By the age of 21, Paul was one of the top hair stylists in Birmingham and had set his sights on moving to London to learn how to teach hairdressing: “I came down to London, a city I had fallen in love with, and went through the training to be a teacher at a company  called Jingles, but they didn't really want me to be a teacher because I had started earning too much money in their salon.”

After bouncing around between different companies, Paul ended up at a salon in the same building as publishing company IPC (now TI Media).

“When I worked under the IPC tower I met all the editors of magazines like Harper's and Queen (as it was then called), Woman, Woman's Own and loads of others,” he says. 

“That served me well because when I opened my own salon all those clients came with me and supported me in my new venture.”


A coincidental appointment with a client who had just become the head of education at the BBC hair and make-up department led to Paul’s first involvement in the entertainment industry, when he was given just two weeks to teach BBC trainees the basics of hair-cutting.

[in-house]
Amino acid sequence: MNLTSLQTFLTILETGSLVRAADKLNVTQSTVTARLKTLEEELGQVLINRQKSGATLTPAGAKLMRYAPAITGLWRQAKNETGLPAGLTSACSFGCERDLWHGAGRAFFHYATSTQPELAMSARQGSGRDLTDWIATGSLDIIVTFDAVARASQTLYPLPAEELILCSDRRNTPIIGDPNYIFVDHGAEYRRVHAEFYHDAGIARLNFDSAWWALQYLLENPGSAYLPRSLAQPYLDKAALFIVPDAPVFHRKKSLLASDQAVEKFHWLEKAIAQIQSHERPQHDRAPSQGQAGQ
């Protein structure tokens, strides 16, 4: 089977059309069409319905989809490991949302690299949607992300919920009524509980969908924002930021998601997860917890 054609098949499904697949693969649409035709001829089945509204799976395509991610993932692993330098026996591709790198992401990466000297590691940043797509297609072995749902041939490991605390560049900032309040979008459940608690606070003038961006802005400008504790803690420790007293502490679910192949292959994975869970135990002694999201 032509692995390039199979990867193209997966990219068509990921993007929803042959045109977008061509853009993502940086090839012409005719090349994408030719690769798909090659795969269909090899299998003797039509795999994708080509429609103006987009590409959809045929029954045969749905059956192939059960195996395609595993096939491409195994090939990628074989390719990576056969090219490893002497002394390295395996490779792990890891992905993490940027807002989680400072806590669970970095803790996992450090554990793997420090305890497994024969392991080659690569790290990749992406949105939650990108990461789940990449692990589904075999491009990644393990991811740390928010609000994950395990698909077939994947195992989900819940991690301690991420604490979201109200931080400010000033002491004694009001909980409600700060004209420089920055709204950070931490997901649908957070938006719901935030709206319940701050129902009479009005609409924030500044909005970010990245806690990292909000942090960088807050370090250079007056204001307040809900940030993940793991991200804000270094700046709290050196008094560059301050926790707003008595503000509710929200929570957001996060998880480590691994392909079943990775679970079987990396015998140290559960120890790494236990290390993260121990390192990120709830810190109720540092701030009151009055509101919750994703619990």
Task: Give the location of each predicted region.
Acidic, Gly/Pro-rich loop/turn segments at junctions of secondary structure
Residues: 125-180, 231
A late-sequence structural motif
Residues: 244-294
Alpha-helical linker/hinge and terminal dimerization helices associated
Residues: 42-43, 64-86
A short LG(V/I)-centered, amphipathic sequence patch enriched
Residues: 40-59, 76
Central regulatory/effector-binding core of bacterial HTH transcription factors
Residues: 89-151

“I thought up a simplistic method of doing it, then the make-up designers started seeing the new cohort cutting so well they started asking, ‘How do these kids know how to cut hair?’,” Paul remembers. “Soon I was doing refresher courses for them - I became a trusted pair of hands.”

Next, he was tasked with cutting the hair of actors including Helen Mirren, who was starring in hit detective show Prime Suspect, and worked on a variety of major 80s and 90s series such as The House of Elliot, The Singing Detective, Lovejoy, Silent Witness and Ballykisangel.

“Part of my learning from the BBC was how to read a script and understand what a makeup designer does to create a character look,” Paul says.

“The brief for Helen Mirren was they wanted her to have short hair that looked like she didn't have it cut very often and didn’t really care, so it always had to be a bit grown-out looking.”